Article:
- Separate from the jmri package tree, this contains application classes and base classes that can use jmri, jmrit, and jmrix classes, along with anything else. By having this here, we break the dependency between jmrix and jmrit classes (somebody has to create the general and system-specific tool objects for an application; that dependency is from the apps package)
jmri.jmritis welcome to reference classes in the
jmripackage, but should not reference directly to classes in
jmri.jmrix. Classes should reference the interfaces in
jmri, not the specific details of classes in
jmri.implementations. It can be tempting to violate this rule in the interest of expediency, but in the long run it makes it much harder for JMRI to be maintained and improved by a large group of people. We just can't allow lots of tiny little special cases to make the code impossible to understand. We're developing ArchUnit tests for this which can be run via
./runtest.csh jmri.ArchitectureCheckas part of developer unit testing. This will highlight many existing structure violations in addition to new ones because we haven't yet cleaned up some historical issues. There's also
jmri.ArchitectureTestwhich is run as part of our CI tests, and catches new violations of a subset of the constraints.
Example: a TurnoutTurnouts involve multiple classes:
- Turnout - the basic interface. This is what you should expect to deal with when writing your layout automation code; its what you get when you make a request from the TurnoutManager, etc.
- AbstractTurnout - provided for convenience when implementing the Turnout interface for specific hardware, this provides the basic implementation.
- LnTurnout - a specific implementation for LocoNet-connected turnouts. There are many other implementations for different layout connections.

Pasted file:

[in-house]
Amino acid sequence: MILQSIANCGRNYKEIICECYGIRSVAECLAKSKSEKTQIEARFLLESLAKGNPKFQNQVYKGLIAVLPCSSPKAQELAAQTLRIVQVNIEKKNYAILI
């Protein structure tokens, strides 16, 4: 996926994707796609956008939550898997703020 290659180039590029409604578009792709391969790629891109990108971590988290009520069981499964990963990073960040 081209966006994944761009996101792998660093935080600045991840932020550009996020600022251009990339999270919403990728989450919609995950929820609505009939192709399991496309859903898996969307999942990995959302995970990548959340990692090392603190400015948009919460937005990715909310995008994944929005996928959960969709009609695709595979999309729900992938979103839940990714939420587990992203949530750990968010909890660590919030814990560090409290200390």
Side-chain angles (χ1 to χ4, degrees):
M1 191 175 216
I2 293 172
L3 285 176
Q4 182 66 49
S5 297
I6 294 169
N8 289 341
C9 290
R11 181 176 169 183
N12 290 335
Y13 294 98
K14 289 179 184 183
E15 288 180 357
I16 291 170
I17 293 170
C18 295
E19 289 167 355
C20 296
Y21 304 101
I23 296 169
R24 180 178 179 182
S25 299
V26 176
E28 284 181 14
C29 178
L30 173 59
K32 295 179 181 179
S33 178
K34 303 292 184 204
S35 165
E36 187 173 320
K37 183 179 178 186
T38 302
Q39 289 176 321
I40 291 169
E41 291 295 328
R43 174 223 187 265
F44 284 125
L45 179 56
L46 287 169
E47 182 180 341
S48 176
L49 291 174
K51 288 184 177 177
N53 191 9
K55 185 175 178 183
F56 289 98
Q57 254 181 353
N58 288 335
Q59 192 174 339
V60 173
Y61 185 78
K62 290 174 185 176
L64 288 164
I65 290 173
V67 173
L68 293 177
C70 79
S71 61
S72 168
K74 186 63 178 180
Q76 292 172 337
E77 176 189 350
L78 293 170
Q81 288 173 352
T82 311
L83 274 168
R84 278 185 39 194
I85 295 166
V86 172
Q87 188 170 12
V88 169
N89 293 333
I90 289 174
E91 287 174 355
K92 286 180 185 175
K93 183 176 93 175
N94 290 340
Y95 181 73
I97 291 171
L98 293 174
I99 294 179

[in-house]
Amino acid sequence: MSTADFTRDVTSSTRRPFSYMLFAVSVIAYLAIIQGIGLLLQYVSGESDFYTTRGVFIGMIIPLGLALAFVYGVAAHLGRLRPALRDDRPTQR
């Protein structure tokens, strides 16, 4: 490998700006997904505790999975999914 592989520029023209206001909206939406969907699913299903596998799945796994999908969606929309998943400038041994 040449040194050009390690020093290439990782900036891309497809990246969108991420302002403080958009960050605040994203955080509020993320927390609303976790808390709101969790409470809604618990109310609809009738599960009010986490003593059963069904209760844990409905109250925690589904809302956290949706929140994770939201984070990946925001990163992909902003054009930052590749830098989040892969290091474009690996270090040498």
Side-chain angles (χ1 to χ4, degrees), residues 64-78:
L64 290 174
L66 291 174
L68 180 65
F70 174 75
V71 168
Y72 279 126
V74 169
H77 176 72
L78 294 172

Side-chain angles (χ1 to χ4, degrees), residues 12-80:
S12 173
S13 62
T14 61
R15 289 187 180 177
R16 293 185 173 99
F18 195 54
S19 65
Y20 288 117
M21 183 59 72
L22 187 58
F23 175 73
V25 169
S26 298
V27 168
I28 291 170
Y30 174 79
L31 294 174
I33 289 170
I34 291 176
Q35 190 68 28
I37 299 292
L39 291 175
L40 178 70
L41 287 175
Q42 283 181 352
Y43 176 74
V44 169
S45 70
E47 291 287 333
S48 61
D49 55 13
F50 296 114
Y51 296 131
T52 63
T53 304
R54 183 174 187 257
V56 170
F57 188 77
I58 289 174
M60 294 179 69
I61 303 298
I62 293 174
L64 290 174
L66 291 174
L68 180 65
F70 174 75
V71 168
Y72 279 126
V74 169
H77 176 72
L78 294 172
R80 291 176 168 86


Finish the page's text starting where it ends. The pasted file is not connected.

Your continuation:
Dynamic (Object) Structure
For many JMRI objects, once they have been created they can be accessed either by type, i.e. "The default configuration manager", or by name, i.e. "The East Yard Entrance turnout". More information on how things (e.g. objects representing items on the layout) are named is available on a separate page.
The "InstanceManager" as a key central point for this navigation.
- It provides access to key objects, particularly the Managers that mediate access to Turnouts, Sensors, etc.
- It automatically handles creation of many parts of JMRI via several mechanisms: post-creation initialization.
- It disposes of suitable objects at the end of their lifespan when the InstanceManager (or a particular collection in it) is cleared.
Extensive use of Factory pattern via objects we call "Manager" objects.
Example: a Turnout
To get a specific Turnout instance that represents something on the layout, you make a request of a TurnoutManager. This is also an interface, with a similar implementation pattern. In turn, you get that TurnoutManager from the InstanceManager.
The role of the generic Manager<T> class
NamedBean and addressing as part of the Manager's role.
The role of NamedBeanHandle and the NamedBeanHandleManager.